Genome sequence of the human malaria parasite Plasmodium falciparum

Malcolm J. Gardner, Neil Hall, Eula Fung, Owen White, Matthew Berriman, Richard W. Hyman, Jane M. Carlton, Arnab Pain, Karen E. Nelson, Sharen Bowman, Ian T. Paulsen, Keith James, Jonathan A. Eisen, Kim Rutherford, Steven L. Salzberg, Alister Craig, Sue Kyes, Man Suen Chan, Vishvanath Nene, Shamira J. ShallomBernard Suh, Jeremy Peterson, Sam Angiuoli, Mihaela Pertea, Jonathan Allen, Jeremy Selengut, Daniel Haft, Michael W. Mather, Akhil B. Vaidya, David M.A. Martin, Alan H. Fairlamb, Martin J. Fraunholz, David S. Roos, Stuart A. Ralph, Geoffrey I. McFadden, Leda M. Cummings, G. Mani Subramanian, Chris Mungall, J. Craig Venter, Daniel J. Carucci, Stephen L. Hoffman, Ronald W. Davis, Claire M. Fraser, Bart Barrell

Research output: Contribution to journalArticlepeer-review

3562 Scopus citations


The parasite Plasmodium falciparum is responsible for hundreds of millions of cases of malaria, and kills more than one million African children annually. Here we report an analysis of the genome sequence of P. falciparum clone 3D7. The 23-megabase nuclear genome consists of 14 chromosomes, encodes about 5, 300 genes, and is the most (A + T)-rich genome sequenced to date. Genes involved in antigenic variation are concentrated in the subtelomeric regions of the chromosomes. Compared to the genomes of free-living eukaryotic microbes, the genome of this intracellular parasite encodes fewer enzymes and transporters, but a large proportion of genes are devoted to immune evasion and host-parasite interactions. Many nuclear-encoded proteins are targeted to the apicoplast, an organelle involved in fatty-acid and isoprenoid metabolism. The genome sequence provides the foundation for future studies of this organism, and is being exploited in the search for new drugs and vaccines to fight malaria.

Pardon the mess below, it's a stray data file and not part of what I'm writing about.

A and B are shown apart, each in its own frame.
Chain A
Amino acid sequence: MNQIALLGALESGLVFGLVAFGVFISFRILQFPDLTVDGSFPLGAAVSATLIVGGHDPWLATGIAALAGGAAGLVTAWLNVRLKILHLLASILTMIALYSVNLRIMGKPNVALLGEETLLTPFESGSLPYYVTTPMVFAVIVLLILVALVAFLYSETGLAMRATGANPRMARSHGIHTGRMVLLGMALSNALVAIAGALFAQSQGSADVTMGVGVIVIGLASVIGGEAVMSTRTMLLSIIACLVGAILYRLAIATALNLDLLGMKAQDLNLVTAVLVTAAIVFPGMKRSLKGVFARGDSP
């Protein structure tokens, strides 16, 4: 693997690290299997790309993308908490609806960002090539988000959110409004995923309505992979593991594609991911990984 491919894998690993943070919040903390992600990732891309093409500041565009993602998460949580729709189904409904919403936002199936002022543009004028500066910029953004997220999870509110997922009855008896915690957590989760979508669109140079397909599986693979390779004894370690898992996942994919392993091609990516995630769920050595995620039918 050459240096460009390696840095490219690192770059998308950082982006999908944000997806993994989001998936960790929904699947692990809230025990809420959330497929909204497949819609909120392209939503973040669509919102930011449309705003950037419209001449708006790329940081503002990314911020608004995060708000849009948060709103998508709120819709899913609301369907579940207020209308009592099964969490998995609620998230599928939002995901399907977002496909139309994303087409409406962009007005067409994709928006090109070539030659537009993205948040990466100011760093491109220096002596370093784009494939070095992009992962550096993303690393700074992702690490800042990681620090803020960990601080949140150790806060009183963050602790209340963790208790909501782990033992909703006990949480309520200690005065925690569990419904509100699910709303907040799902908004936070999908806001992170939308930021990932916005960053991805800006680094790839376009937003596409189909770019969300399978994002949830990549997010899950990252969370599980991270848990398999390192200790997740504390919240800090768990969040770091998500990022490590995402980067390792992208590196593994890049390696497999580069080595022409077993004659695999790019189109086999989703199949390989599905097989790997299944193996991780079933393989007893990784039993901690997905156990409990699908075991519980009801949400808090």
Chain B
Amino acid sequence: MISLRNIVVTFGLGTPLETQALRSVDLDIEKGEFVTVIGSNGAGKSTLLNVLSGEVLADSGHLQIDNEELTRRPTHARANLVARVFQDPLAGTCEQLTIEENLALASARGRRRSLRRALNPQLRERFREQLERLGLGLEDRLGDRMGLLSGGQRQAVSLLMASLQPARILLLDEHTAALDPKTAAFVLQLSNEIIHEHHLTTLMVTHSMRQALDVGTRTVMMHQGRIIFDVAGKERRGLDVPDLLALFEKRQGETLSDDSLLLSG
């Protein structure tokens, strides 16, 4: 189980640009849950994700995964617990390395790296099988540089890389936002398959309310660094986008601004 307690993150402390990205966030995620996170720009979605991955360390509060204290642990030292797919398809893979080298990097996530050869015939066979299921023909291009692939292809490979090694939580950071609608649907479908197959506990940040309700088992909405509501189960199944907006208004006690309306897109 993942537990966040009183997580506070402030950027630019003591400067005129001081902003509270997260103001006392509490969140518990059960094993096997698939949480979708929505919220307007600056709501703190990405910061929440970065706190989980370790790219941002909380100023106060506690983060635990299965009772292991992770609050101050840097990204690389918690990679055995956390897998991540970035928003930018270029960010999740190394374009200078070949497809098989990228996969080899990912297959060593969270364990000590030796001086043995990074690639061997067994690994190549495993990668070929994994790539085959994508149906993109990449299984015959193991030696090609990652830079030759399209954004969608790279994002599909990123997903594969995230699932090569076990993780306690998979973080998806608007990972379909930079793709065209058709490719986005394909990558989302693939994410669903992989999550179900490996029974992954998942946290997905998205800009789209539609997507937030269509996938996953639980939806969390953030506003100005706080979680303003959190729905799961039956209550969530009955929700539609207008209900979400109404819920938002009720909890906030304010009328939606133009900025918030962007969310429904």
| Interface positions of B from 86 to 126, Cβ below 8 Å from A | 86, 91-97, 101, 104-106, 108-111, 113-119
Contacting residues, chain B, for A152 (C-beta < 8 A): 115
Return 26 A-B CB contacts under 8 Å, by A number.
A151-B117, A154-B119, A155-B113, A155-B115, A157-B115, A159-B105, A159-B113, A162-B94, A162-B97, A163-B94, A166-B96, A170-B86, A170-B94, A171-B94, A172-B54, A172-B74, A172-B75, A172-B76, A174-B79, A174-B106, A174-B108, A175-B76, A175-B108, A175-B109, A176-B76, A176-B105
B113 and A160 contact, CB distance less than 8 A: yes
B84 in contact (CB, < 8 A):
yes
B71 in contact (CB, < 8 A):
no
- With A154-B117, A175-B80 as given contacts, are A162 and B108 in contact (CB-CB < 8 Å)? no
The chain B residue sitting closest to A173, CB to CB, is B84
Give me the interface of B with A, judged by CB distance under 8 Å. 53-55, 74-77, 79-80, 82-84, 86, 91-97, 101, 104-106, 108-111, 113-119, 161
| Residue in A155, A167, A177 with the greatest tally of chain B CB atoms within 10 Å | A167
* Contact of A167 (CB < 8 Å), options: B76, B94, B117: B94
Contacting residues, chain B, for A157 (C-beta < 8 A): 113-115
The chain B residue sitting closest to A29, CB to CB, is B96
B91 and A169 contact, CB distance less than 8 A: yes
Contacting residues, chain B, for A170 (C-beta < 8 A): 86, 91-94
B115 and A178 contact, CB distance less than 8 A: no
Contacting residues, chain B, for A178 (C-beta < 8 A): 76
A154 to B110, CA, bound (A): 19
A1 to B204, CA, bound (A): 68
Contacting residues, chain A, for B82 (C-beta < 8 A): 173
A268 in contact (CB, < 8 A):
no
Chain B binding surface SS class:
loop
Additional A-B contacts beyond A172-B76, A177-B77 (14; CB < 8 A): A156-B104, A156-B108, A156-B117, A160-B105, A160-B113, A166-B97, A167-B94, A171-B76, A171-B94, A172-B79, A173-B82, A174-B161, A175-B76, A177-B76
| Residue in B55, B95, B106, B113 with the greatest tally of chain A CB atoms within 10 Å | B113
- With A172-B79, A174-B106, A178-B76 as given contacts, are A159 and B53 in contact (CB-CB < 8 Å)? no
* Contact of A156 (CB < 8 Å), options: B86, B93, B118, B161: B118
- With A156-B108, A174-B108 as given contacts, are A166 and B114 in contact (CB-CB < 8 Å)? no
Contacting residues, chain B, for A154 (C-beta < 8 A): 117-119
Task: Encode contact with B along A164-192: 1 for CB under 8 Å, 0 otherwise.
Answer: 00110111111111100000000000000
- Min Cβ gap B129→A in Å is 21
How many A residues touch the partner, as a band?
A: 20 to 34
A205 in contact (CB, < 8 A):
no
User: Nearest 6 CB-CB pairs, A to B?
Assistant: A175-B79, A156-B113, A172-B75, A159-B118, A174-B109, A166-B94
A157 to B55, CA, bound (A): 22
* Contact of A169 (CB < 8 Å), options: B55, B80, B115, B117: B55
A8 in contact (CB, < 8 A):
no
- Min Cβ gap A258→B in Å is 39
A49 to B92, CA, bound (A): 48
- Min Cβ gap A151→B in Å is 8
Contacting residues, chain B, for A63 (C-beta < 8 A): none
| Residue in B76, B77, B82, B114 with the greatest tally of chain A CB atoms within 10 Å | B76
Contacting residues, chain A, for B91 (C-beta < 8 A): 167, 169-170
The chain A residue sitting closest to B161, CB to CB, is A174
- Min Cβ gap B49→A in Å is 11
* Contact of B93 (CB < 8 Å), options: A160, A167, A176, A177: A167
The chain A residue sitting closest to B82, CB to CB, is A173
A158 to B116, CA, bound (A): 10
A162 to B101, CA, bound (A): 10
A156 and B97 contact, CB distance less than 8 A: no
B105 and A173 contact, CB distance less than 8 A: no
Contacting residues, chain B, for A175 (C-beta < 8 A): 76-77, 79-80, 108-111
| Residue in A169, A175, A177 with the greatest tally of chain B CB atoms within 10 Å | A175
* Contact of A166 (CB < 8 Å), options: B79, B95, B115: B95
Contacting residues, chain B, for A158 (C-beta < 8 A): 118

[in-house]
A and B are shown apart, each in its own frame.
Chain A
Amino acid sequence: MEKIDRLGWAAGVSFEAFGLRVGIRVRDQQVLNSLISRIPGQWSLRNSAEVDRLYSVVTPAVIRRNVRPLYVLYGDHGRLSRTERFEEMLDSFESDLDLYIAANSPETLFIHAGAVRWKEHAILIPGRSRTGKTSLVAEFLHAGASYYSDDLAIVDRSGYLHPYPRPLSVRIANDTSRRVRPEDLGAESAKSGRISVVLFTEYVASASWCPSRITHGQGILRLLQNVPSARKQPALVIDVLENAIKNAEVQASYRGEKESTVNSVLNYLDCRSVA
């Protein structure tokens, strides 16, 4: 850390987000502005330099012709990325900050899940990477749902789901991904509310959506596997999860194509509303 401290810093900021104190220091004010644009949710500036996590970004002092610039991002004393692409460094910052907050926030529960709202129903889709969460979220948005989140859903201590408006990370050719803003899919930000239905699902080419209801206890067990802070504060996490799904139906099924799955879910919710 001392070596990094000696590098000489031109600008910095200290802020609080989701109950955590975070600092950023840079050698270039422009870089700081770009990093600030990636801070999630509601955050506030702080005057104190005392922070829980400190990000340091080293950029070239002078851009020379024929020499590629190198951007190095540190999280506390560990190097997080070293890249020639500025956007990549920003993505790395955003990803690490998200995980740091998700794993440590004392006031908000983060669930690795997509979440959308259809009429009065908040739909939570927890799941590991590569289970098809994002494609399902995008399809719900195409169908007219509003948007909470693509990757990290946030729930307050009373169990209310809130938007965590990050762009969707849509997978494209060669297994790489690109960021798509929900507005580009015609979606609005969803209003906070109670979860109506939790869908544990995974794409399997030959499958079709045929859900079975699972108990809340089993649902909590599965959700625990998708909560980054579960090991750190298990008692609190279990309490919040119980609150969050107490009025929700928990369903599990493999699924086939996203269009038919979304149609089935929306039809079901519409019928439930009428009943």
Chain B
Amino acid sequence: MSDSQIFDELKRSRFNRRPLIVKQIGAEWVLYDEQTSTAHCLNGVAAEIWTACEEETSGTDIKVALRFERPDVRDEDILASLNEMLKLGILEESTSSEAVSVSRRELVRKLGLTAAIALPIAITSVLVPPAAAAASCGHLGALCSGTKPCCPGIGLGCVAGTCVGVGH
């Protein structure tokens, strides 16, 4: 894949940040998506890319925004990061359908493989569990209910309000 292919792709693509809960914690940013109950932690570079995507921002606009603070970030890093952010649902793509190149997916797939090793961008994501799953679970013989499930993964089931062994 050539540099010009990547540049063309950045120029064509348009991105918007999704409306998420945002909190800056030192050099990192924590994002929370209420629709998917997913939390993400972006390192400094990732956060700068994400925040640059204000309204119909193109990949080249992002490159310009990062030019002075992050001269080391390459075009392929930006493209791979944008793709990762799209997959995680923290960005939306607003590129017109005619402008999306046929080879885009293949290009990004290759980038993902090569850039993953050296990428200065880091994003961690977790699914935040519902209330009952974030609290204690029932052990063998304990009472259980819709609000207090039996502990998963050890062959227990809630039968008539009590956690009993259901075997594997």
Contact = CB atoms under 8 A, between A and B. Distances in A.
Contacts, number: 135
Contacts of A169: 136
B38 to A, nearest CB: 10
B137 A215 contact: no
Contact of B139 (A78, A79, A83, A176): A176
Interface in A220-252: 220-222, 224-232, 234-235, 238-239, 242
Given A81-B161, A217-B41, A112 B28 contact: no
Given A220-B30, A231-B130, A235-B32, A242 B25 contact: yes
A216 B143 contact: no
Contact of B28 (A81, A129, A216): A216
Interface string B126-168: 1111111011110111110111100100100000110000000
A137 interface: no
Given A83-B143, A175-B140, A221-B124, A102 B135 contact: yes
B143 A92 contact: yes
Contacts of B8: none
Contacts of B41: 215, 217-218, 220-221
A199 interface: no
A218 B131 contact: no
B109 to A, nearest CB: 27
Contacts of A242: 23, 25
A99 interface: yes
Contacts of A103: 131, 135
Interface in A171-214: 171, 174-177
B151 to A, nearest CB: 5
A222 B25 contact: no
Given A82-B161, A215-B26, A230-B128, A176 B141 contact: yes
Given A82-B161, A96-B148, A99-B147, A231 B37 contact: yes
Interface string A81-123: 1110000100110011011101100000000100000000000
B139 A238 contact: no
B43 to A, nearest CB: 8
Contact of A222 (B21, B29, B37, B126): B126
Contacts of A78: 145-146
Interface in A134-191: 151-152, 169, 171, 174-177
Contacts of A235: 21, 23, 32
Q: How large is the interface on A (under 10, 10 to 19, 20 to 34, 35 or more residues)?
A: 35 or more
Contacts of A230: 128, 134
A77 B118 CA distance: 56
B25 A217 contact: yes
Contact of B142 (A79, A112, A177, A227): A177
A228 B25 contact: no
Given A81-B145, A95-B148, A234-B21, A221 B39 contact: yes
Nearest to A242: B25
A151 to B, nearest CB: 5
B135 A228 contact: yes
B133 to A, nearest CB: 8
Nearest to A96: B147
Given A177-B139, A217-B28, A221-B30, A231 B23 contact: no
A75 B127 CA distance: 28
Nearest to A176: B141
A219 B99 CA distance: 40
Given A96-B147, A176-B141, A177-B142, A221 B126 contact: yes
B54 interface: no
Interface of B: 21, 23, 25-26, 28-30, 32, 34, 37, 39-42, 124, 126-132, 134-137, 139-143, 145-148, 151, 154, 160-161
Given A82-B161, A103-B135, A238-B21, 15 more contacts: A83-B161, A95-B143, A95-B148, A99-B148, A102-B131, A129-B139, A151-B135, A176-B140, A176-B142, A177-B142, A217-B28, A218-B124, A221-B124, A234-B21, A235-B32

Original languageEnglish (US)
Pages (from-to)498-511
Number of pages14
Issue number6906
StatePublished - 2002
Externally publishedYes

ASJC Scopus subject areas

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